CORRECTS SPELLING OF ARTIST’S LAST NAME TO MILLETT INSTEAD OF MILLET – In this courtroom sketch Staff Sgt. Robert Bales, foreground, is seated as prosecutor Lt Col. Jay Morse, right, speaks to the jury in a courtroom at Joint Base Lewis-McChord, Wash. during a sentencing hearing in the slayings of 16 civilians killed during pre-dawn raids on two villages on March 11, 2012. Haji Mohammad Naim, an Afghan farmer shot during a massacre in Kandahar Province last year, took the witness stand Tuesday against Bales, who attacked his village, cursing him before breaking down and pleading with the prosecutor not to ask him any more questions. (AP Photo/Peter Millett)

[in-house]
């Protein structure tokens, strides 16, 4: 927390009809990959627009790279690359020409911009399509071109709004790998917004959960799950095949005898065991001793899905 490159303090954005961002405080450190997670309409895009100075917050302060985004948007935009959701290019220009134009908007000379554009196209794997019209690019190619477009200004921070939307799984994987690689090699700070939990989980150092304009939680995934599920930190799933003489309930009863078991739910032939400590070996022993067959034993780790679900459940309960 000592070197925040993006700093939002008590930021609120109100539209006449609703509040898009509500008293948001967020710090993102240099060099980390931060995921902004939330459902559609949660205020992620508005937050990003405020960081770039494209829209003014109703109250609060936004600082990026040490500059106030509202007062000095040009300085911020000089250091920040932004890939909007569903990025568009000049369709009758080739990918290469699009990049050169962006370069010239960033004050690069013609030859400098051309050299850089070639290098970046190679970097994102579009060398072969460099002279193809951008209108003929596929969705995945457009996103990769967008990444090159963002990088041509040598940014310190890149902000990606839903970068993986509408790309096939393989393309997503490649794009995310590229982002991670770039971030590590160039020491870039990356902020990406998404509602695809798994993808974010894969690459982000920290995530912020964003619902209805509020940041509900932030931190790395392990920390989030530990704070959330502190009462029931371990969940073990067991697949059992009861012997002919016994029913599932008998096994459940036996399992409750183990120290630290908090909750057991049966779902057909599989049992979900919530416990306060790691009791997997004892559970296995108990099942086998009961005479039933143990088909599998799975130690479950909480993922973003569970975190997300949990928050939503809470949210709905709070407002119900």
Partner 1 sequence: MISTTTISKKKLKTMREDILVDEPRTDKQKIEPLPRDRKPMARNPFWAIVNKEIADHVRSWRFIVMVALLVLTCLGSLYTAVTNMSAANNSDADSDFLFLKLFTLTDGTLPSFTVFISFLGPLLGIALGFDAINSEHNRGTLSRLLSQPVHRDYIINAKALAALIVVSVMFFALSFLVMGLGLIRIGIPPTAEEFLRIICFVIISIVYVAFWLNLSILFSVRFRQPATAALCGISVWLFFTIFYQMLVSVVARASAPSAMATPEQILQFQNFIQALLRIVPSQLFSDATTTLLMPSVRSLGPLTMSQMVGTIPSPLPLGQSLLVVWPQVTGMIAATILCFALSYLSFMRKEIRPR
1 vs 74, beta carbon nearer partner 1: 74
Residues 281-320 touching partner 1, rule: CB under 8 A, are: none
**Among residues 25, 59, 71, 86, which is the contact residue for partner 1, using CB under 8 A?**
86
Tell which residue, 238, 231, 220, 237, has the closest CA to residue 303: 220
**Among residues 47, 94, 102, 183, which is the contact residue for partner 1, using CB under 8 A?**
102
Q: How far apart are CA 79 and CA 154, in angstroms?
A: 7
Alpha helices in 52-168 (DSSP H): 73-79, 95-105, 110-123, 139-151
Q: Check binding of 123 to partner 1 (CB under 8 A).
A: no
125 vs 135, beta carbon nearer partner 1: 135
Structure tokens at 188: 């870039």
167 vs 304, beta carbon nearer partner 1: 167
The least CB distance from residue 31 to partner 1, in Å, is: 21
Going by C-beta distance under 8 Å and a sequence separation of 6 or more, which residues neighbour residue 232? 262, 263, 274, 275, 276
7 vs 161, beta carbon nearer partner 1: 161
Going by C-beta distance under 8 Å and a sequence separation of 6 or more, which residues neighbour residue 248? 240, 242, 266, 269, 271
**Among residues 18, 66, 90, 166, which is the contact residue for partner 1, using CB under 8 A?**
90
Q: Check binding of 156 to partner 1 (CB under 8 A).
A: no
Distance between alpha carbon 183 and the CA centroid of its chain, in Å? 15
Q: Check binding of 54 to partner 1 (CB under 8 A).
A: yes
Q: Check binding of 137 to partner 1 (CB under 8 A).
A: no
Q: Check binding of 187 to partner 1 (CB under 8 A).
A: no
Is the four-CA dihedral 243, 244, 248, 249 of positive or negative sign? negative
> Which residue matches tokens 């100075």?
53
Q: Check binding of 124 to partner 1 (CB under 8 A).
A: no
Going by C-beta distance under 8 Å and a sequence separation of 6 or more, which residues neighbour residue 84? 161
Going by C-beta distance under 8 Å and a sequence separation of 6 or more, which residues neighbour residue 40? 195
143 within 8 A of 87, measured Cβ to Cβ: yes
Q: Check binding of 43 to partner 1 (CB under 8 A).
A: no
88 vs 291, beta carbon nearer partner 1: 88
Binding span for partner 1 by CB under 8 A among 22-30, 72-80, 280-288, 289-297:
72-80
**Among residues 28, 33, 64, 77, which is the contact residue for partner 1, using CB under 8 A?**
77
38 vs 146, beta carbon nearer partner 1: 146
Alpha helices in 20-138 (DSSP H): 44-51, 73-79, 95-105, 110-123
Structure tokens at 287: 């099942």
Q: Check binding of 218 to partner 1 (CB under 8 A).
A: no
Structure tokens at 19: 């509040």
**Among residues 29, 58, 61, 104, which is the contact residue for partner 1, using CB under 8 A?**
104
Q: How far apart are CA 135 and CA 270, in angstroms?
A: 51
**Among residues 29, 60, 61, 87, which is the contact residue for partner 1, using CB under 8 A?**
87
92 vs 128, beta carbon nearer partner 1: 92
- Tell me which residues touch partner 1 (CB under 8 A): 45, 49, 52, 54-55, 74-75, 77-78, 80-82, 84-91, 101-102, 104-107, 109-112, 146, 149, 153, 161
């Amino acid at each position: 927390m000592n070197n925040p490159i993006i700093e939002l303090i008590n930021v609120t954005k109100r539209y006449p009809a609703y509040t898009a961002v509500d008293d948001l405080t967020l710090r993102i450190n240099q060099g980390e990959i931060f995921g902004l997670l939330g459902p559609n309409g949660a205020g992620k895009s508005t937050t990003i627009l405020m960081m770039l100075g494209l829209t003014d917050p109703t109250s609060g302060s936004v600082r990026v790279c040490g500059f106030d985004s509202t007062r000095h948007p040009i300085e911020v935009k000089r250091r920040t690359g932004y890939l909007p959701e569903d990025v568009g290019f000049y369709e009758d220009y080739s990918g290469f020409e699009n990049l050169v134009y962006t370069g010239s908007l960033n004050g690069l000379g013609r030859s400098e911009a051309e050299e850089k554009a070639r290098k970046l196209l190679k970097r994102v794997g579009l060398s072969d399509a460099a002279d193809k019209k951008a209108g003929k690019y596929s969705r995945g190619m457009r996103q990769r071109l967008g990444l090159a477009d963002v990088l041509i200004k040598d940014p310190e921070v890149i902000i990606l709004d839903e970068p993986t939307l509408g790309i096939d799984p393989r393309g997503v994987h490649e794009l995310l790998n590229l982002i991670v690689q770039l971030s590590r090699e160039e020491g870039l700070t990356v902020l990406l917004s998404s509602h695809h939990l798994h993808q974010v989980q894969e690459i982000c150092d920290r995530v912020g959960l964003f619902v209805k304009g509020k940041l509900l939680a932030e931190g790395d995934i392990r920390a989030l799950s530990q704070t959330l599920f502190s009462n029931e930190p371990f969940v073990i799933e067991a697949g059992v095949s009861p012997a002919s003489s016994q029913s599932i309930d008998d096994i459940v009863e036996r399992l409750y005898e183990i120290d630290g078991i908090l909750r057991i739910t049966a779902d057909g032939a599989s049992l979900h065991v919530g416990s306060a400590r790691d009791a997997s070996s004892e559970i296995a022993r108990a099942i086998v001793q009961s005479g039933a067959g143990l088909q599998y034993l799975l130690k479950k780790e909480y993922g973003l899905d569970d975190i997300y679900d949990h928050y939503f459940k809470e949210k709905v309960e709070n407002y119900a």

JOINT BASE LEWIS-MCCHORD, Wash. (AP) — A brother of the U.S. soldier who slaughtered 16 Afghan civilians last year began making the case Wednesday for why he should one day be eligible for parole, portraying him as a patriotic American and indulgent father who let his son put ranch dressing on chocolate chip pancakes.
“There’s no better father that I’ve seen,” William Bales said of his younger brother, Staff Sgt. Robert Bales. “If you brought the kids in here today, they’d run right to him.”
Sgt. Bales, 39, pleaded guilty in June in a deal to avoid the death penalty, acknowledging that he killed 16 people, mostly women and children, during unsanctioned, solo, pre-dawn raids on two villages March 11, 2012. A jury is deciding whether he should be sentenced to life in prison with the possibility of parole, or without it.
The picture painted by the first defense witness, William Bales, 55, severely contradicted that portrayed by the soldier’s admissions as Login to read more